Uniondale, N.Y. — Emblazoned on the back wall of Bob Nystrom's dressing cubicle in the New York Islander locker room is a blowup of Superman launching into full flight. Late Saturday afternoon here, Nystrom did a marvelous imitation of his cartoon poster after the scored on a backhand flip shot to beat the Philadelphia Flyers 5 to 4 in sudden-death overtime and bring the Stanley Cup to Long Island.
Nystrom's exultant leap touched off a tumultuous celebration by the long-suffering Islanders and their fans that is still going on. Never has the storied cup been enjoyed more.
Gushed Nystrom later, his uniform still dripping: "When this team came into being eight years ago, it had the worst record in the league. Then when we built a winning record we got a reputation for choking in the playoffs. Well, we've finally shed that label. This shows we can win the big games."
Indeed, the Islanders went into the boiling cauldron of overtime six times during the 1980 playoffs, and won five in an amazing proof of their mettle.
A Nystrom goal decided a semifinal game against Buffalo in the second extra period, and in his career the hard-skating right winger has scored four times in overtime -- more than anyone else in National Hockey League history except Maurice (the Rocket) Richard of Montreal, who scored six.
His histrionics surprise Nystrom much less than they do others. A positive thinker all the way, he plansm to be the hero.
"Before an overtime, I tell myself I'm going to be the man," he said. "I take a scalpel and carve a notch on my stick, right below the knob, to symbolize the goal I intend to score. It started last year against the Rangers, and after notching my stick I had that collision with their goalie John Davidson and popped the puck into an empty net behind him."
The archrival Rangers came back to win that semifinal series, though, and move into the finals against the eventual champion, Mortreal. The Islanders, who had finished first in the regular season, went home emotionally crushed.
"We learned to cope with our frustration day to day this season," said Coach Al Arbour, "and that helped us in the playoffs. Our players were determined to make up for being eliminated by the Rangers. I think I heard about that after every game we lost this year.
"Now we've shown everyone what we're made of, and we did it the hard way all along, right to the end. We got two goals ahead of the Flyers, but they came back in the last period."
In fact, Philadelphia comebacks were beginning to look like the theme of this series until Nystrom's goal settled the question for good. The Flyers, who once trailed three games to one, shook off an early New York goal to win Game 5 and narrow the gap, then battled furiously to stave off elimination here.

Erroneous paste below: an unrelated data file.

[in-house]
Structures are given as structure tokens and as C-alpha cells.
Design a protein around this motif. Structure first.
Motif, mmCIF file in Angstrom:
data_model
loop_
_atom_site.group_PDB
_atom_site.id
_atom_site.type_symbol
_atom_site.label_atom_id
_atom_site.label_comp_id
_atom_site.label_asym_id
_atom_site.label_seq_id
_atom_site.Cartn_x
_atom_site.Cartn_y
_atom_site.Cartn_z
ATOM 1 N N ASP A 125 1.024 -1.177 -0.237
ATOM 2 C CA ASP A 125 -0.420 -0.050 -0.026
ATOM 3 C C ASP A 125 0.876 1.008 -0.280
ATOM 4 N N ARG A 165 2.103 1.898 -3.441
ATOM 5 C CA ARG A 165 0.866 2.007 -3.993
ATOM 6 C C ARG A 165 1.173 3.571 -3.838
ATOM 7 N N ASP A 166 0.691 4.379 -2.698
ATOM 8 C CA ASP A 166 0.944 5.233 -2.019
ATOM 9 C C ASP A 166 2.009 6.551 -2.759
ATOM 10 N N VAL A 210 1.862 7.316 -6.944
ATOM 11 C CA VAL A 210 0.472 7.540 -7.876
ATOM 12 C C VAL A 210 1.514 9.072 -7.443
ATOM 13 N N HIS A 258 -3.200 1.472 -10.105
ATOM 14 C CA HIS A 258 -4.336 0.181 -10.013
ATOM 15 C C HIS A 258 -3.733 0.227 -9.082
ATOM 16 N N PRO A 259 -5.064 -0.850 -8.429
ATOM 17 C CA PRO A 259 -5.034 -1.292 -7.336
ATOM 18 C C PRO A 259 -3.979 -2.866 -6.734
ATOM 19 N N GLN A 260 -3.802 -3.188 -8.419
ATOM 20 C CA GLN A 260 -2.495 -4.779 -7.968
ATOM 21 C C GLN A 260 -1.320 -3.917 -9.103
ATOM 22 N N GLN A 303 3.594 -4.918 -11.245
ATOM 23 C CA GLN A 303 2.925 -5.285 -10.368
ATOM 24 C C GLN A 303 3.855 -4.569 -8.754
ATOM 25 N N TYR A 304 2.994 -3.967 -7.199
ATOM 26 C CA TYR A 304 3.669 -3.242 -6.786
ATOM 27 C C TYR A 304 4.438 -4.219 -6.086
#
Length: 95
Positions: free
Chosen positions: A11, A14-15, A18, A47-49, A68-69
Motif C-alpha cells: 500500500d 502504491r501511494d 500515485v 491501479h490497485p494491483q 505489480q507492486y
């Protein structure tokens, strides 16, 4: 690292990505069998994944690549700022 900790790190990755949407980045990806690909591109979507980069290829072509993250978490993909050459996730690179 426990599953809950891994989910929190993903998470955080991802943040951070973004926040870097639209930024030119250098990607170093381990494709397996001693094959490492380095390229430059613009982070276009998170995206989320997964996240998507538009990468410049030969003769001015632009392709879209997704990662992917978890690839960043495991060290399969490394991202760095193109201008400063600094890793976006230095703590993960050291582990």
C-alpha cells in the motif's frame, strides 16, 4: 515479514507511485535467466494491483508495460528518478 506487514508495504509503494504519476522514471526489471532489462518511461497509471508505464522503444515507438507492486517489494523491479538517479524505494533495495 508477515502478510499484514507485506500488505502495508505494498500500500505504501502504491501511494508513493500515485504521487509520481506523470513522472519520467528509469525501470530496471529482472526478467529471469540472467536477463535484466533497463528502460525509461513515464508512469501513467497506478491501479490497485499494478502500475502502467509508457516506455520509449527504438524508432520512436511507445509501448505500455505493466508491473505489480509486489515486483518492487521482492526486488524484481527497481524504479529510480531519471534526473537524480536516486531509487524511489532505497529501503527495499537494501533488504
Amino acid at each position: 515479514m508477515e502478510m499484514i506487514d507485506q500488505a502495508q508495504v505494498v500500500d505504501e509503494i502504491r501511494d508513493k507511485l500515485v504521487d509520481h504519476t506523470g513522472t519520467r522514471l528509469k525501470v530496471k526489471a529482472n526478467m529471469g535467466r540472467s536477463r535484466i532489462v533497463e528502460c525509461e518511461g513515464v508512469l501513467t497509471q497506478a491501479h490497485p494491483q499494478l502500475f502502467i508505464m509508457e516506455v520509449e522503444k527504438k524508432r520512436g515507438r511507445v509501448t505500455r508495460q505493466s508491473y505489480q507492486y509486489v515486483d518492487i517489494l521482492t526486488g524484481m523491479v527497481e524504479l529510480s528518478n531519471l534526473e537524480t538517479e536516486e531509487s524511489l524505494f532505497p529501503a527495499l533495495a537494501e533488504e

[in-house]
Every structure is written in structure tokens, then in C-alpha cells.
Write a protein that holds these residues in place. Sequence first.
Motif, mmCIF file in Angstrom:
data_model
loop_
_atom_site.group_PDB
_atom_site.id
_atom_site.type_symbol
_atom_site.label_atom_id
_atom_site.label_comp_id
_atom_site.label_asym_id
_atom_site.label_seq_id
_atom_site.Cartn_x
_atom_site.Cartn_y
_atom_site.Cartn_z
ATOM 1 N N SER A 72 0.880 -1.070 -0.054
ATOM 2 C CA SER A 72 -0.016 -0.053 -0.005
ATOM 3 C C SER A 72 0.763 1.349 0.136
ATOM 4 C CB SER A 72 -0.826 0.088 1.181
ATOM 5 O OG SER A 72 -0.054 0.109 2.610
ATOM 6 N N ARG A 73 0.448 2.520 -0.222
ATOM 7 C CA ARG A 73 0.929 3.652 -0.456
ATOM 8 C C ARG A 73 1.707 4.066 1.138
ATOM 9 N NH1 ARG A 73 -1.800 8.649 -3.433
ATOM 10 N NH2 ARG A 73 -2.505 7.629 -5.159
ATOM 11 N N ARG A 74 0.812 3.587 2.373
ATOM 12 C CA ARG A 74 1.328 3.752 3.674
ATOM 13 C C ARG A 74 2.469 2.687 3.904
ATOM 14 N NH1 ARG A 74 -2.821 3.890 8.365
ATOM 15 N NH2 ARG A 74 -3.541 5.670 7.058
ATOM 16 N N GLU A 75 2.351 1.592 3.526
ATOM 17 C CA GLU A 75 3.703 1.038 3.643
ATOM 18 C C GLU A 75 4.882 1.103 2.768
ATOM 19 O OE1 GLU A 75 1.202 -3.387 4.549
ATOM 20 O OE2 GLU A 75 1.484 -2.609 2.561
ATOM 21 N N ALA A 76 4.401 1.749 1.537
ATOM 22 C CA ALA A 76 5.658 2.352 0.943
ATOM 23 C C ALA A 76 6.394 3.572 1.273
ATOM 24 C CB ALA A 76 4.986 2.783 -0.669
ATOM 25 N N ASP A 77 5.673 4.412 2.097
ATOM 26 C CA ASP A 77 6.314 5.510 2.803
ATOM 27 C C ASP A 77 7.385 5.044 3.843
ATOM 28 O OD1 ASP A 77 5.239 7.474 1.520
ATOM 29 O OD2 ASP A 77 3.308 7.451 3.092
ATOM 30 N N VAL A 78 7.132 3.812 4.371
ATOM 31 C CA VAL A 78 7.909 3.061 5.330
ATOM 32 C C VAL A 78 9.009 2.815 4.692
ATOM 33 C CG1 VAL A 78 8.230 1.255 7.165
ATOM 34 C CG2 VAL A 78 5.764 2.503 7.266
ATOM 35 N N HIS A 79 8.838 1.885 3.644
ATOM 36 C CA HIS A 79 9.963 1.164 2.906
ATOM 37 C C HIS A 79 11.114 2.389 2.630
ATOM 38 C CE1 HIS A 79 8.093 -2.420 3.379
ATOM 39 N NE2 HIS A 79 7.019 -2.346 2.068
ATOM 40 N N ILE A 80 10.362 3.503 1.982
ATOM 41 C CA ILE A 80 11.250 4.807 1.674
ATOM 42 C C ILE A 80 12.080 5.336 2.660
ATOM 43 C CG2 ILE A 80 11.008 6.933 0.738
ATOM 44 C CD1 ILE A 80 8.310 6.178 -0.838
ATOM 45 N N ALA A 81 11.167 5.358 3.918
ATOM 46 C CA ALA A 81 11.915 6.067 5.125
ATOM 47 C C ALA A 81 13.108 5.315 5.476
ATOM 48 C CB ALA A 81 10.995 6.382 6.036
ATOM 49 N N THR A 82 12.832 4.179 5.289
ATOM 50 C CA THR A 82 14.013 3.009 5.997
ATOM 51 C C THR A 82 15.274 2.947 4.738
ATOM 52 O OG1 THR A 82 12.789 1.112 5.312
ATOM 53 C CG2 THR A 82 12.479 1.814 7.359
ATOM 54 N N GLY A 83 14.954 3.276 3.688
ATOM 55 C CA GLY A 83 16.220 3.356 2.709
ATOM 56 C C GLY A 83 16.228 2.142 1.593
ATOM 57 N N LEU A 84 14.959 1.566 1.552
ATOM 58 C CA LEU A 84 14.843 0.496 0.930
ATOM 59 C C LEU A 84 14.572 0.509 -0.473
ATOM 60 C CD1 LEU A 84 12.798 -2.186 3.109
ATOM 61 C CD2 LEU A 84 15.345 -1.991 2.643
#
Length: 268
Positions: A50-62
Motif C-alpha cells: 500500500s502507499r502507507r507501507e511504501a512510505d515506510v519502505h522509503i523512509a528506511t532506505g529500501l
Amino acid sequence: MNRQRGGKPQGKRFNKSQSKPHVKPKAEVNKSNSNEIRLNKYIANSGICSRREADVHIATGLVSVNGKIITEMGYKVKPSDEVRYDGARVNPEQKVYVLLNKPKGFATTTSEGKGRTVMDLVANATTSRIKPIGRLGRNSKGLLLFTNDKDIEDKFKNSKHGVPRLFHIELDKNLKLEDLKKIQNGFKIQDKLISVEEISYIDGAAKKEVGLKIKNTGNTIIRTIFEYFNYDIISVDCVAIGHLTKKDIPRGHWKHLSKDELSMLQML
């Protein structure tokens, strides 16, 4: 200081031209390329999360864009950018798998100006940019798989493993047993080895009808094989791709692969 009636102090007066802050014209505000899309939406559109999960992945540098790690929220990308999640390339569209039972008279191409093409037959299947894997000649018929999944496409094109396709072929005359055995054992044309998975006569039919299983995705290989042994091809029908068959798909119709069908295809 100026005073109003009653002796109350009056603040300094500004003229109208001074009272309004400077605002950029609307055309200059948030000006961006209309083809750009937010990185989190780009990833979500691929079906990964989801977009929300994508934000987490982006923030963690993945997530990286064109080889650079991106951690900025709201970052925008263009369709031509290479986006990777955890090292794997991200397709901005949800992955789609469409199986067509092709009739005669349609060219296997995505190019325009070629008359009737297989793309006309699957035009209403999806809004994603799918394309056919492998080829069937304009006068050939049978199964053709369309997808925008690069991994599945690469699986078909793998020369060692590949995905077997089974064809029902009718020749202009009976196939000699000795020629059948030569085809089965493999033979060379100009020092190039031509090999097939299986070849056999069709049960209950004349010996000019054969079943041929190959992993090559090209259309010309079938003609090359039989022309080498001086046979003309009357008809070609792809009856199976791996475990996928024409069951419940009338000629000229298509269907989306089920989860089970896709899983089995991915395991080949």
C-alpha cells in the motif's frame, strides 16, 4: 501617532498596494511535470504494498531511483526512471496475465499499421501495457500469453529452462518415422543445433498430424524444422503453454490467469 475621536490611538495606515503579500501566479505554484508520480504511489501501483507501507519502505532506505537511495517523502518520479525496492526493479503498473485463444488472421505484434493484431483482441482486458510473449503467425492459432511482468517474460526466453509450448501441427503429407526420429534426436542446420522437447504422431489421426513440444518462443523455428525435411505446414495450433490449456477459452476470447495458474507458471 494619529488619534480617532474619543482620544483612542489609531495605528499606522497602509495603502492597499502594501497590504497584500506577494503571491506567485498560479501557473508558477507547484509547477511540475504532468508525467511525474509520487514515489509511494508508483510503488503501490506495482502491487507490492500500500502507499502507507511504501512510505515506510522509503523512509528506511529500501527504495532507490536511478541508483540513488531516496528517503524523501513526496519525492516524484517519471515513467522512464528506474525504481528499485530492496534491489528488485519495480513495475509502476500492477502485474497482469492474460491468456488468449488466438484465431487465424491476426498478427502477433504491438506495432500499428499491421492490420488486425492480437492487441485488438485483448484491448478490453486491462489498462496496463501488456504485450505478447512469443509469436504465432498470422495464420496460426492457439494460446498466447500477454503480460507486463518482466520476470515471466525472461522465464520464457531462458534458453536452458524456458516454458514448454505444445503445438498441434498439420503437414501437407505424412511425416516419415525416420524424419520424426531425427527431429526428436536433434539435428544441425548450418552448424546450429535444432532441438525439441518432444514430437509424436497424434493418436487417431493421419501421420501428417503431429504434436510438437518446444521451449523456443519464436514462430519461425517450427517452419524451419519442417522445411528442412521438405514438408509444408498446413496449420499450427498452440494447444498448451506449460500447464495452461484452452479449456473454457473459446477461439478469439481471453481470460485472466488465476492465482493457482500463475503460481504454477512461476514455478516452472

Each of the Islanders' first two goals in the nationally televised sixth game produced controversy, and indeed the TV replays showed clearly that the second one came after a linesman had missed an obvious offside infraction. But the Flyers shook off the bad breaks to tie the game, then battled back again from that two-goal deficit in the last period. And always in the back of everyone's mind was the fact that if they could pull this one out, it would be they who would have come ice for the seventh game.
"Before the overtime," Arbour said, "I just told our fellows, 'Look, we have to adjust in our end. We're a little scrambly. But if you get an opening, you have to go for it, as long as one man backs up the play.'
"It was fitting that Nystrom got the goal. He's scored a lot of big goals for us, and he's worked hard to make himself a player.
"He wasn't a good skater, but he took lessons from a lady instructor on hiw own time a few years ago to improve. That typifies the attitude of this team. The big thing about our victory to me is that we're No. 1 after only eight years."
Nystrom remembered wistfully that he, forwards Garry Howatt and Lorne Henning , and goalie Billy Smith are the four veterans who go back to that first season of 1972-73, when the motley Islanders won 12, lost 60, and tied 6 -- and the playoffs were nothing more than a misty dream.
"At a time like this you recall so many people who helped you when you were young and struggling," Nystrom said. "Guys like J. P. Parise and Jude Drouin, who helped us gain experience. I remember Bert Marshall telling us that the Stanley Cup is what the game is all about and you don't get many chances to win it.So many players never get a chance. Those fellows are no longer on the team, but their spirit is with us. They're winners, too."
Smith, the combative goaltender who frustrated the Flyers throughout the series, is actually the only Islander left from the team that took the ice on apening day in 1972, since Howatt, Henning, and Nystrom all joined the club later in the season.
"I can't even remember if I played that first game," Smith said, "but I can remember a lot of frustration in those early years. We've been called everything but champs, and now we've won the Stanley Cup. I still don't believe it. There's no way to explain the feeling I have."
It was mentioned that the Islanders are still a young team overall, with offensive stars Bryan Trottier (named Most Valuable Player in the playoffs after he scored a record 29 points) and Mike Bossy both 23 years old and defensive leader Dennis Potvin 26.
Is this the beginning of a dynasty?
"Let's hope so," Smith said.